We started following NENG on January 13 when it was trading at $0.38, which gave it a market capitalization of just $16.5M. The stock is up 34.2% since our initial post to $0.51, which gives it a market capitalization of $22.0M. In November 2007, an activist investor, Trinad Management, pushed the company to “immediately [implement] a share buy-back program.” The company demurred and saw its stock sink to all-time lows.

The value proposition updated

NENG’s Q1 10Q shows an increase in cash, which seems to be largely as a result of reducing accounts receivable and inventories (the “Carrying” column shows the assets as they are carried in the financial statements, and the “Liquidating” column shows our estimate of the value of the assets in a liquidation):

neng-summary-q4

Conclusion

We are inclined to exit NENG if it gets to our $0.55 valuation. It’s a perennial net net stock, so we think there’s a good chance NENG will be back in net net land again. As we pointed out in our earlier post, Jonathan Heller of Cheap Stocks-fame mentioned it back in October 2005 in a list of the Top 20 Market Cap Companies Trading Below Net Current Asset Value. It was then trading around $1.30 against a net current asset value of around $1.31. Investors buying back in October 2005 had plenty of opportunity to unload the stock at a profit while it traded up to $3.17 in March 2006. We’re planning to do the same again, but at $0.55.

[Full Disclosure:  We do not have a holding in NENG. This is neither a recommendation to buy or sell any securities. All information provided believed to be reliable and presented for information purposes only. Do your own research before investing in any security.]

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Network Engines Inc (NASDAQ:NENG) is a perennial inclusion on lists of net net stocks and so it should come as no surprise to see it back in net net land. In November 2007, an activist investor, Trinad Management, pushed the company to “immediately [implement] a share buy-back program.” The company demurred and has now seen its stock sink to all-time lows. In after-hours trading yesterday, NENG was up a little from those lows to $0.38 (it closed yesterday at $0.40), which gives it a market capitalization of $16.5M. We estimate its liquidation value at around 55% higher at $25.5M or $0.59 per share.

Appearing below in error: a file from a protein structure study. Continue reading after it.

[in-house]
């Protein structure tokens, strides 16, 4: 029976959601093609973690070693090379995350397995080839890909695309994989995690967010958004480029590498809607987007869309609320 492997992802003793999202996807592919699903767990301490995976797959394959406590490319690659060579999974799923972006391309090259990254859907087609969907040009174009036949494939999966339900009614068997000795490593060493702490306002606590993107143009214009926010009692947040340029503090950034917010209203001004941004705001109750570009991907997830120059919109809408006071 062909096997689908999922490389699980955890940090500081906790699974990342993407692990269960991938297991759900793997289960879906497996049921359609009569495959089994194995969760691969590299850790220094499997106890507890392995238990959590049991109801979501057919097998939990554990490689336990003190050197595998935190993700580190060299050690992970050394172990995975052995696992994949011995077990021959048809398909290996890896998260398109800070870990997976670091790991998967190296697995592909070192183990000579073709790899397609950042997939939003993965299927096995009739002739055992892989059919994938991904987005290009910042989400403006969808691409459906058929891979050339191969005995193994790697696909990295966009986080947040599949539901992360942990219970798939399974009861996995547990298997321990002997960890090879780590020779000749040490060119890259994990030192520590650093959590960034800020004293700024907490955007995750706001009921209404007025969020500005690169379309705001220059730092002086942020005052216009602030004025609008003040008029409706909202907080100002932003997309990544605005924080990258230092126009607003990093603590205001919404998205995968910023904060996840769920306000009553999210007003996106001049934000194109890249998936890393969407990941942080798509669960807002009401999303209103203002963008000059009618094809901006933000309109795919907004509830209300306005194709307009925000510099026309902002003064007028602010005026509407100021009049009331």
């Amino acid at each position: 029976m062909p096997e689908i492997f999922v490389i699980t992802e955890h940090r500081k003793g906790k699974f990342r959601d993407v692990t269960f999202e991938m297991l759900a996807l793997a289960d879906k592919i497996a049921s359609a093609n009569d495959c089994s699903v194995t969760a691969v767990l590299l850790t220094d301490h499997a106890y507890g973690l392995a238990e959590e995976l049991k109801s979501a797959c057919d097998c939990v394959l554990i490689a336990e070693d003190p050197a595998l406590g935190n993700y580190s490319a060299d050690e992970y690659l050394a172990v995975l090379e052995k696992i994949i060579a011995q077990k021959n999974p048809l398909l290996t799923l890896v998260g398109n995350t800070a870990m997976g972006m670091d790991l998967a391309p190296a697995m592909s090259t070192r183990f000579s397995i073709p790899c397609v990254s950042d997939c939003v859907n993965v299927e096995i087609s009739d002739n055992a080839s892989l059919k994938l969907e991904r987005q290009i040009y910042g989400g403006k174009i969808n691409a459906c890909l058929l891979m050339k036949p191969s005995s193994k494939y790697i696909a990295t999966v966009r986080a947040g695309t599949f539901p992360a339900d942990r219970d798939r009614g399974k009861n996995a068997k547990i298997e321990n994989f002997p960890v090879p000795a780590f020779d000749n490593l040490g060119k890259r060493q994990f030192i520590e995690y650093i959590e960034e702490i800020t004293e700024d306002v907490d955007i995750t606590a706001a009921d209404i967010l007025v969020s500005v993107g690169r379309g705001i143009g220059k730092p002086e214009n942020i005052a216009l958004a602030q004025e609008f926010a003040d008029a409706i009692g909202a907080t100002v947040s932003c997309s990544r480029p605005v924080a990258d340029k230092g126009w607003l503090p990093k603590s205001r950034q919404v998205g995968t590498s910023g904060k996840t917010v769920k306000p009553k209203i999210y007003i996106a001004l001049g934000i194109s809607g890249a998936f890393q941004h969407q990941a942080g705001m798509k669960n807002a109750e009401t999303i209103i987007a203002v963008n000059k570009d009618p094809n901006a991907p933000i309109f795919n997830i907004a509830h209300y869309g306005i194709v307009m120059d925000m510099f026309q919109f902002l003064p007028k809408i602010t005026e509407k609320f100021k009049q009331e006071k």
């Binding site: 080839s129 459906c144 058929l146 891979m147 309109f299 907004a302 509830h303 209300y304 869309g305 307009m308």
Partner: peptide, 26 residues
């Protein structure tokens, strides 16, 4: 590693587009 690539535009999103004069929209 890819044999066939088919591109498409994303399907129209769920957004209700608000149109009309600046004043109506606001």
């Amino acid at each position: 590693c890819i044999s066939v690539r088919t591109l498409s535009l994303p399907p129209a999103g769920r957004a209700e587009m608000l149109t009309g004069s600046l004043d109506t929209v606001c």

About NENG

NENG develops and manufactures application platform solutions that enable original equipment manufacturers, independent software vendors, and service providers to deliver software applications in the form of a network-ready device. The company offers application platform customers a suite of services associated with the design, development, manufacturing, brand fulfillment and post-sale support of these devices. It produces and fulfills devices for its customers, and derives revenues primarily from the sale of value-added hardware platforms to these customers. These customers subsequently resell and support the platforms under their own brands to their customer base. The company’s investor relations website can be found here.

The value proposition

NENG’s earnings and cash flow are patchy (its most recent 10K can be found here). Earnings have fallen in each of the last five quarters from $1.8M in the 2007 September quarter to -$9.7M in the 2008 September quarter. Cash from operating activities has been as high as $10.6M in the 12-months ending September 2007 and as low as -$5.4M in the preceding 12 months. As a result,   there is some vestigial value on the balance sheet (the “Carrying” column shows the assets as they are carried in the financial statements, and the “Liquidating” column shows our estimate of the value of the assets in a liquidation):

neng-summary

NENG has $29M in receivables that we’ve written down by 20% to $23.2M or $0.54 per share, inventory of $21.4M that we’ve discounted by 33% to $14.3M or $0.33 per share and cash in the amount of $10M or $0.23 per share. The company has no debt. Deducting liabilities of $23.7M or $0.55 per share, we estimate NENG’s liquidation value at around $25.5M or $0.59.

NENG’s most recent 10K specifically sets out that it is not party to any special-purpose or off balance sheet entities created for the purpose of raising capital, incurring debt or operating parts of its business that are not consolidated into its financial statements.

The catalyst

Trinad Management filed its original 13D in November 2007 disclosing a 6.4% holding in NENG and attaching the following letter to NENG’s board:

The Board of Directors Network Engines, Inc.
25 Dan Road
Canton, MA 02021
Dear Board Members:

We support Greg Shortell and the new management team at Network Engines and are encouraged by their accomplishments to date. We believe the focus of the sales and marketing efforts on diversifying the company’s customer base is yielding results and should allow for the continued generation of substantial free cash flow from operations.